Before you think about what team members should derive from your all-hands, consider how you want team members to feel during the meeting. When I started running all-hands at Atrium they weren’t the best (okay, I’ll be honest: they were terrible). There wasn’t much effort put into them and I got feedback from folks that I didn’t look excited to address the company and more specifically, that I didn’t smile — at all! This not only affected the productivity of those meetings but the company’s overall engagement (or lack thereof). I found that in order to set the right tone I needed to pump myself up. I now do push-ups before kicking off each meeting — it gets my adrenaline going and gets me enthusiastic, which then leads to an upbeat and engaging meeting. Intentionally engineering a meeting that produces certain feelings will ensure that team members are in the right mind-state and will respond in a positive way. During the meeting, your employees should feel:

  • Engaged: Avoid presenting material that would have been more effectively received via email. Inevitably, there will be — and should be — announcements during an all-hands. But keep the announcements focused on the high-level information and defer the full details to a follow-up email lest people get bored (and they get bored quickly). Strive for action and/or conversation during your all-hands. Incorporate ways for the audience to engage or contribute by holding a Q&A, calling on the audience to answer questions or provide feedback, or doing a live survey.
  • Excited: Celebrate successes and milestones, such as team achievements and employee anniversaries. As social beings, we’re wired to come together and share our experiences. Acknowledging these events while everyone is physically gathered will further the social bond and subconscious alignment of your teammates, much like the psychology behind walking meetings. In every Atrium all-hands, we celebrate work anniversaries, announce every new employee and give them an opportunity to introduce themselves.
  • Motivated: Share progress and areas of needed improvement or opportunity, all framed with an attitude of optimism. If you don’t demonstrate a clear belief in the success of your company, your employees won’t have an ounce. When sharing progress or updates on a project, have the person closest to the project share this information. By no means should this be a meeting where only the CEO speaks. Each executive should present what they’re teams are working on when relevant. At Atrium we feature a different team each meeting that shares recent successes and what they have in the works. This helps motivate the individual contributors to receive recognition as well as shed light on projects and opportunities for collaboration.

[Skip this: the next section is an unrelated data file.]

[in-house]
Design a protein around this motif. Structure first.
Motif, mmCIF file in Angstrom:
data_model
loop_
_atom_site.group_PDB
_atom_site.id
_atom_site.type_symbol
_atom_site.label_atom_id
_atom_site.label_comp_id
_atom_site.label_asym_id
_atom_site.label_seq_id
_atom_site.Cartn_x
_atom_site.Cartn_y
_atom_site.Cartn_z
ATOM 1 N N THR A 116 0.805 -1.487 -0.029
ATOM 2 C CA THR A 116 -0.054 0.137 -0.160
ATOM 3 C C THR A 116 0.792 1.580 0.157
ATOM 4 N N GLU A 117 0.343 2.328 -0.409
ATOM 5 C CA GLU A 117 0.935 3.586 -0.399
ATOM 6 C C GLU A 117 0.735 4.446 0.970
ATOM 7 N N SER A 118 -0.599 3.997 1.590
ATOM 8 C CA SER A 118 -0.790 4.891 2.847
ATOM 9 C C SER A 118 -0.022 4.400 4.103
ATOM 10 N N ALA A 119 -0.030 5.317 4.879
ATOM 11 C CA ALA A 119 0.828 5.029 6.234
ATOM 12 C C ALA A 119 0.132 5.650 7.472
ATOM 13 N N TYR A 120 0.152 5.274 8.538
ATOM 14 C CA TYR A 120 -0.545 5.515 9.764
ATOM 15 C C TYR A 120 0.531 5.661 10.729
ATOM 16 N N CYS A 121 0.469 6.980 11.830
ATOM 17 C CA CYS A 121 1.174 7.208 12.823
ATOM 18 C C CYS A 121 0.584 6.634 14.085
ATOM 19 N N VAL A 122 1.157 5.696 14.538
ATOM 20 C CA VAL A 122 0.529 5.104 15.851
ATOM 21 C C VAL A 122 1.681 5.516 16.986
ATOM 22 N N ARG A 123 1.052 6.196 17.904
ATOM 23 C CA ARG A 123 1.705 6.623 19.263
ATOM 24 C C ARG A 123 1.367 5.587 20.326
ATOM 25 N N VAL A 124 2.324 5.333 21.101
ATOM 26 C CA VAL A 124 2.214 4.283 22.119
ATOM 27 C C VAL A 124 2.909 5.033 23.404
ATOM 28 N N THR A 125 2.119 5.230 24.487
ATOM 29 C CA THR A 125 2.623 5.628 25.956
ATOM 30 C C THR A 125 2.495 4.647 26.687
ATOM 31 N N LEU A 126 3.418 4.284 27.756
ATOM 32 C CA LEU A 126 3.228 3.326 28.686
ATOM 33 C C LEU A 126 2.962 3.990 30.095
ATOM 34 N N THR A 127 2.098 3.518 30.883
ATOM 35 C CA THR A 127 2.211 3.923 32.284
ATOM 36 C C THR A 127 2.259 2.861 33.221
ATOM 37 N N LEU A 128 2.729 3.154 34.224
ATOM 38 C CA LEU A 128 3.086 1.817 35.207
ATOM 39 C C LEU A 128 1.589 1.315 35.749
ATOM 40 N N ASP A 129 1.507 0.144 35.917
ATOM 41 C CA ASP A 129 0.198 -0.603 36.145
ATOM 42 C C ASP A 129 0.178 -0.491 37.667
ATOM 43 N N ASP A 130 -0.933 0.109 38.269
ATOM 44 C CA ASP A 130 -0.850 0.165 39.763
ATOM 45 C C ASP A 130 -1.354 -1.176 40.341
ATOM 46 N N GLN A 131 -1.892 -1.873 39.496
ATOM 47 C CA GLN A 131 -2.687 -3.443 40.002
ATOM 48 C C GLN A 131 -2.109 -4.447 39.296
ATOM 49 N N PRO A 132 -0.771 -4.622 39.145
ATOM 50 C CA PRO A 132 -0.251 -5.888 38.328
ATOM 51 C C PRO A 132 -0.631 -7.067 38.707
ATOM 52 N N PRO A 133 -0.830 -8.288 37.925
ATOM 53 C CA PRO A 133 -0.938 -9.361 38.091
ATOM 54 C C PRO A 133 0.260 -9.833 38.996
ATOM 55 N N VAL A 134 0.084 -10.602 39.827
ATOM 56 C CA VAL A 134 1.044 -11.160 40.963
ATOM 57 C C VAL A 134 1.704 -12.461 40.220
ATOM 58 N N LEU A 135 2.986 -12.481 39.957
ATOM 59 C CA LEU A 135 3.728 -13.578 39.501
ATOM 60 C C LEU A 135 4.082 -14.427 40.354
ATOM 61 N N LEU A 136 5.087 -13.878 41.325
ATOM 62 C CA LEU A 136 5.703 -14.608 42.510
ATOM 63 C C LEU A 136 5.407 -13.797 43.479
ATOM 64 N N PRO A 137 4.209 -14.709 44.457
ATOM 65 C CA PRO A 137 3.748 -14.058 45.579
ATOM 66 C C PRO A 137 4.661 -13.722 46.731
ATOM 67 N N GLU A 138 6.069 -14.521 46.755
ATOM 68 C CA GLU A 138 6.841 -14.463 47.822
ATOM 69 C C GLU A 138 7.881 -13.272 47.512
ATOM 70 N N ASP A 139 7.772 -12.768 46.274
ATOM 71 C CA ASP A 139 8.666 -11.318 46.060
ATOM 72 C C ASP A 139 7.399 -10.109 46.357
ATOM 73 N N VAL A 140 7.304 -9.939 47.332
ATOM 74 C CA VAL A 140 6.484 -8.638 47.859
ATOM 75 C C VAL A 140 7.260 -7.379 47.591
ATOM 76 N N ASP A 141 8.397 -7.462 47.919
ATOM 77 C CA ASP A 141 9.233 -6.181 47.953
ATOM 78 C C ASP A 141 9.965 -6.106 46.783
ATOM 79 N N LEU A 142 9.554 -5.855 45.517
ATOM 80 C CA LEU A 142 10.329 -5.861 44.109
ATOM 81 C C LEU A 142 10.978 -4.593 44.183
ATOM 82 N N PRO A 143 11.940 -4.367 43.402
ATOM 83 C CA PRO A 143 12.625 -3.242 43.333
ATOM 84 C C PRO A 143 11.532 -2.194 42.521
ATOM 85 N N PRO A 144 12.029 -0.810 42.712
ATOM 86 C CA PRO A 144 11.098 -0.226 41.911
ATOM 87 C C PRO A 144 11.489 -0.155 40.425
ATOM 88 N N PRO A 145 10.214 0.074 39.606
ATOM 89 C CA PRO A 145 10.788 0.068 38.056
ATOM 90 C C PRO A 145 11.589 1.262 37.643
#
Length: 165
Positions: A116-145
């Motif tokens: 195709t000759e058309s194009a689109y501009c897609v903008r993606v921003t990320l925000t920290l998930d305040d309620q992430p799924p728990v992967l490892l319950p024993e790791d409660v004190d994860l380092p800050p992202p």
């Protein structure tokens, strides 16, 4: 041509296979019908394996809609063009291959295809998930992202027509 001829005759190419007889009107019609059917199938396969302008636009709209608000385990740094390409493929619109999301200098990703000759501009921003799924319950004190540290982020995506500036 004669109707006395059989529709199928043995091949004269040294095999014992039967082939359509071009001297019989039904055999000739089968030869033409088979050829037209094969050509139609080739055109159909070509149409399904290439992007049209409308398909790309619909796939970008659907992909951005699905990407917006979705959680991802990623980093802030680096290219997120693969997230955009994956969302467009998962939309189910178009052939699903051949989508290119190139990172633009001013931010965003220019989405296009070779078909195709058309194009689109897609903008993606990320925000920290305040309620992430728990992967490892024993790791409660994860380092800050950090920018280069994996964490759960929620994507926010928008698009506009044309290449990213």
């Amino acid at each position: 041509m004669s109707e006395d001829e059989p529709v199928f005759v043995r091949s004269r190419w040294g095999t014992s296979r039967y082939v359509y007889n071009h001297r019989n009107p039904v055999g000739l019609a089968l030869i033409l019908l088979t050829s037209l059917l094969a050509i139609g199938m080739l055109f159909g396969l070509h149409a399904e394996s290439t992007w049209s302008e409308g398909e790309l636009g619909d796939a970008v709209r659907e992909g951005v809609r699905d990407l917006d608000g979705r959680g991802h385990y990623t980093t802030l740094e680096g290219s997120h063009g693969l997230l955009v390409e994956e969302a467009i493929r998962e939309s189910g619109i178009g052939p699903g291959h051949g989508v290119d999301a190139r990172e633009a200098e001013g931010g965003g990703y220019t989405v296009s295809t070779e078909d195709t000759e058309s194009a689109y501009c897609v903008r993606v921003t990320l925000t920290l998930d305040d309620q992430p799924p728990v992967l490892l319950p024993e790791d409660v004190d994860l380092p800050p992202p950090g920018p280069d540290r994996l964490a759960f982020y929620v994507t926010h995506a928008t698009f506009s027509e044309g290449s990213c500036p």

• Respected: Establish a culture of consideration and empathy for the challenges and difficulties various teams and individuals will inevitably experience. Maintain open communication with team leaders in regards to what they plan to present at the all-hands, make sure they practice beforehand, and ensure that these meetings don’t inadvertently plummet into an airing of dirty laundry. Have all leadership members submit their contributions to the meeting ahead of time so that any controversial or difficult topics can be dealt with appropriately, and framed in a way that is transparent but also shows an action plan or solution. The agenda for each all-hands should be determined in your exec meetings. Once the exec team has decided on the focus of the upcoming meeting, the actual slides and who will present them can be decided afterward — but the base agreement of what will and won’t be discussed is key to determine in person.

The results of your all-hands

Now that you’ve clarified how you want people to feel during your all-hands, you can define exactly how attending this meeting will make your employees better at their jobs. Consider what you want team members to take away from the meeting into the hours and days following it. Employees should leave feeling:

  • Invigorated: In the vortex of a busy workweek, it’s easy to lose sight of exactly how the many narrowly-focused tasks are contributing to the wider mission. Ensure that your meeting finds ways to remind the individuals of the value they’re adding to the overall effort. At each of Atrium’s all-hands, I restate our company’s mission: “To accelerate our clients’ growth through world-class legal advice and frictionless transactions.” When we created this mission, we also created a mission statement and goal for each function so that individual teams could more easily relate to how they’re working toward the larger mission. Each time a team presents their progress or success on something during this meeting they restate their team’s mission and tie it back to the larger picture.